Document details

A new science fantasy puts computerised special effects through their paces
Jim Seale

George Lucas used the computer to guide his camera for the special effects in Star Wars, and it has been a staple of effects movies ever since. But a Disney film due for release in the United States in July and in Britain in December uses the computer in a way which could make obsolete much of what has always defined Hollywood: huge soundstages, big sets and armies of craftsmen. The film is Tron, directed by 30-year-old Steve Lisberger, and its story concerns a designer of computerised video games (Jeff Bridges). Somehow finding himself inside one of his own creations, he discovers a world populated by beings made of electricity and light. One of these is the warrior of the game ‘Tron whom he must fight to escape from the machine.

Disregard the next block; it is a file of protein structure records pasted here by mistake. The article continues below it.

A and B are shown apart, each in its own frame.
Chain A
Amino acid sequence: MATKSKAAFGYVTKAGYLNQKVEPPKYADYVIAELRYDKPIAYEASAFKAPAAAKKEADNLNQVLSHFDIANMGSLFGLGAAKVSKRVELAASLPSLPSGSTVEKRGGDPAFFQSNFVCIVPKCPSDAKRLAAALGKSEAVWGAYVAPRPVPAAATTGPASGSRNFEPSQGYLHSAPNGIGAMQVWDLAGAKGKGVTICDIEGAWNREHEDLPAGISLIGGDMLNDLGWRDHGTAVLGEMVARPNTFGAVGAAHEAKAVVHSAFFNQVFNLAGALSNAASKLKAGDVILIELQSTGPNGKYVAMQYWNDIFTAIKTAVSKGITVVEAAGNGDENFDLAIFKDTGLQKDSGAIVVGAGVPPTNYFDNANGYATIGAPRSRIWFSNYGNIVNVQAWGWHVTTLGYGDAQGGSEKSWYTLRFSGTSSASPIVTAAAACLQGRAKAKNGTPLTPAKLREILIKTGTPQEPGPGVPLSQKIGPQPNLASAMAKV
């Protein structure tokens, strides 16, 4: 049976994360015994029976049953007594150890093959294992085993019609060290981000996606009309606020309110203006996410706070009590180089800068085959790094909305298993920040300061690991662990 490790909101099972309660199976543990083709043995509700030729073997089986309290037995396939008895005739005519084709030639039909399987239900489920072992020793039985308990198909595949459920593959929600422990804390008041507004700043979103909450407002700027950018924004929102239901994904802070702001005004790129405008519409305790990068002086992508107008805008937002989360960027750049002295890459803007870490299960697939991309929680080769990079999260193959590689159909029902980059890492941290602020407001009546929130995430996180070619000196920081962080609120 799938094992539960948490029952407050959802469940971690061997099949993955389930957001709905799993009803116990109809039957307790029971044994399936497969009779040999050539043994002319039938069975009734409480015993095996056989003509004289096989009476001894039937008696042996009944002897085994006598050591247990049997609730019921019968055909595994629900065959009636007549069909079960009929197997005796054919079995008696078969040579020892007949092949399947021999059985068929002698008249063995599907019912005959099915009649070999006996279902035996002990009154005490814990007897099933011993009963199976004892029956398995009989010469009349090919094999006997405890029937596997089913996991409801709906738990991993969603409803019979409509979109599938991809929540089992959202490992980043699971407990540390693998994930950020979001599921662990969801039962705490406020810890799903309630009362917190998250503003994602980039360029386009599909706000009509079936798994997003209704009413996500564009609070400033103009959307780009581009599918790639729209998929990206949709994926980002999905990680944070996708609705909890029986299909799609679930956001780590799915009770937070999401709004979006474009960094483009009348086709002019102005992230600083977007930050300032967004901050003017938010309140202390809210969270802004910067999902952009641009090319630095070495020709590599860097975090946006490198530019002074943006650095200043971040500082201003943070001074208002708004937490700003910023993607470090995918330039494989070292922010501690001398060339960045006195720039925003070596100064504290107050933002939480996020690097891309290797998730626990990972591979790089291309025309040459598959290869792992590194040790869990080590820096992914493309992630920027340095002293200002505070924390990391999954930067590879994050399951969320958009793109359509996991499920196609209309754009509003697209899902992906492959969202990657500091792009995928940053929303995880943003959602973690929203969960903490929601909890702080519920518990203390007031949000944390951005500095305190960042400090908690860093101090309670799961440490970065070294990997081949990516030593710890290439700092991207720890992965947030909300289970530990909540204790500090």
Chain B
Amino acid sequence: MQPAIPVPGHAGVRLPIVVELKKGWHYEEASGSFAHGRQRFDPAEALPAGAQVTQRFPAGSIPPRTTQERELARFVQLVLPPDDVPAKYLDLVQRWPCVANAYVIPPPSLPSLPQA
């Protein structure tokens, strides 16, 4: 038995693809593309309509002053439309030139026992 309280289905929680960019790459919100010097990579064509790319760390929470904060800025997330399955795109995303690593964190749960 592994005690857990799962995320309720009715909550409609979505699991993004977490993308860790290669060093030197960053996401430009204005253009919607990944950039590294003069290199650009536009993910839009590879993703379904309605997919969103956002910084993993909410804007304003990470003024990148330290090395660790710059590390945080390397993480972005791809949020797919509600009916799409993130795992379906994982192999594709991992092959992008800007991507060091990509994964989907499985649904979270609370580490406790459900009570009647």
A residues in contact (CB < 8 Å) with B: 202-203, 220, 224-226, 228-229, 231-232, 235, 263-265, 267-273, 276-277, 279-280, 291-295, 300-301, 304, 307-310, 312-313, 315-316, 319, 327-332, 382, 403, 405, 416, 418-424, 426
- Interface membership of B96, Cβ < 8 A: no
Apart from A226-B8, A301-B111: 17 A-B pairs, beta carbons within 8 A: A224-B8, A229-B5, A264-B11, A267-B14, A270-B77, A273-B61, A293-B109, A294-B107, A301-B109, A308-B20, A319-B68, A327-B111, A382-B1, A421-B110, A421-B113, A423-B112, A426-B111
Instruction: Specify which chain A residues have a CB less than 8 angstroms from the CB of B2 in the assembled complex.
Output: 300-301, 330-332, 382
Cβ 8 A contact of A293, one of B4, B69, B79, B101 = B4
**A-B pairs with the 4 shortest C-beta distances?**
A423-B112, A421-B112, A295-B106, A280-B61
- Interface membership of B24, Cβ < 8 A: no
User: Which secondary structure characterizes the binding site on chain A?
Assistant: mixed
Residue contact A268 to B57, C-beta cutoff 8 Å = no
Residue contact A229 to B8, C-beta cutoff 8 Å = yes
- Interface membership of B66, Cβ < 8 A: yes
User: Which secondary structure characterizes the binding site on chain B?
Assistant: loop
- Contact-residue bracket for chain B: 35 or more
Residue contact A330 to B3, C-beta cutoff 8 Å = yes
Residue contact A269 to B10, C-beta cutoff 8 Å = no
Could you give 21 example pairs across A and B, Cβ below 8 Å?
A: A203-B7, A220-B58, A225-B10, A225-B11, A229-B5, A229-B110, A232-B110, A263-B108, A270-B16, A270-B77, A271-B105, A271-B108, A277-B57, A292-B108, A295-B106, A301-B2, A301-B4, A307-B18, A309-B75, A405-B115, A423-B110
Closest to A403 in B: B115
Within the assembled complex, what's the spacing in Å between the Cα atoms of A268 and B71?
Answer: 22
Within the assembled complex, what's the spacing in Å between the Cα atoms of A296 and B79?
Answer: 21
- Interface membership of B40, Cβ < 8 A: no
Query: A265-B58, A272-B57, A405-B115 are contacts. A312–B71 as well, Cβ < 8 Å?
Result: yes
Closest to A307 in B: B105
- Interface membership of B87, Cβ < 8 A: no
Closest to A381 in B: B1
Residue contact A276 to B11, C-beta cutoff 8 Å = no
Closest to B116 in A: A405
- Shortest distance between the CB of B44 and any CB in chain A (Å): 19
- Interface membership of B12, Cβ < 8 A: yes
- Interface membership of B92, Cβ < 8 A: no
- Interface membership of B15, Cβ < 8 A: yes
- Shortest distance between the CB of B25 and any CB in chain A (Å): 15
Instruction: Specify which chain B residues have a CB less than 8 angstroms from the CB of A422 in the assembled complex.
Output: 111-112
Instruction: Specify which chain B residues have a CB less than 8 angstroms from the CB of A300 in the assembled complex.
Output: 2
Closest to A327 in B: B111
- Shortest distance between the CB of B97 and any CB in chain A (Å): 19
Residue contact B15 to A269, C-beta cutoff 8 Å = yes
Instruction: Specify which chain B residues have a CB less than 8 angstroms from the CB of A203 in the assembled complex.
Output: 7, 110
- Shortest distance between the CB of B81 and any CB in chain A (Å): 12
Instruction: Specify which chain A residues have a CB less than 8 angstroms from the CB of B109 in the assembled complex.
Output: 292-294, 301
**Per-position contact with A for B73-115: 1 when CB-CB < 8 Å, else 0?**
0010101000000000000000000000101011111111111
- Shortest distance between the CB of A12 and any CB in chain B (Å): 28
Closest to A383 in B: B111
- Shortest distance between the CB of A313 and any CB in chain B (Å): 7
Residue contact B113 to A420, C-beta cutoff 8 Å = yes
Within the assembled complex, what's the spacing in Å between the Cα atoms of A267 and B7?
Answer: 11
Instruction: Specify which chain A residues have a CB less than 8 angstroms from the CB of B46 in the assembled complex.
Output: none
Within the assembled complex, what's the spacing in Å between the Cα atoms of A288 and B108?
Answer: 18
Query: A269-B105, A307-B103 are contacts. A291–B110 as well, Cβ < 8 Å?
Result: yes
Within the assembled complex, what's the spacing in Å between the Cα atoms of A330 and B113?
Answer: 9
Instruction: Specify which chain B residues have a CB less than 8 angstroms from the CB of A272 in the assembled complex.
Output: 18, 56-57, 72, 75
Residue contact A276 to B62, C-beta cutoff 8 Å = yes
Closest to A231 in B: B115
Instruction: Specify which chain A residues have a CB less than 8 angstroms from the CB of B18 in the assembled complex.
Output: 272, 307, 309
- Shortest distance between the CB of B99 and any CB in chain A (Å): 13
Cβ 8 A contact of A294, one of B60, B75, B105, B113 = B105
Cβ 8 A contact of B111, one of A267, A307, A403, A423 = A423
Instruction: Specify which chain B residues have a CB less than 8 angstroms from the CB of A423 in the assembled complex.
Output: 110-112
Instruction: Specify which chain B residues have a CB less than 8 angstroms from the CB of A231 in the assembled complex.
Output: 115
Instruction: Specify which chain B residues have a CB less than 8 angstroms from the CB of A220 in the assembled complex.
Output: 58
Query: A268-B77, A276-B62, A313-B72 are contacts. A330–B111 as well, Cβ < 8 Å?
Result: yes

Many of the sets, costumes and even background characters did not exist on the soundstage or even as special effects miniatures. The images were created by a computer, using advances made in the last decade in digital technology by defence contractors. ‘We're using a combination of technologies for the first time. Never have backgrounds and ships and whole environments been computer simulated, said Richard Taylor, who is supervising the Tron effects with Harrison Ellenshaw.



Source type Magazine
Volume 51.3
Language en
Document type Feature
Media type text
Page count 1
Pages p. 149


Id 4604
Availability Free
Inserted 2020-01-07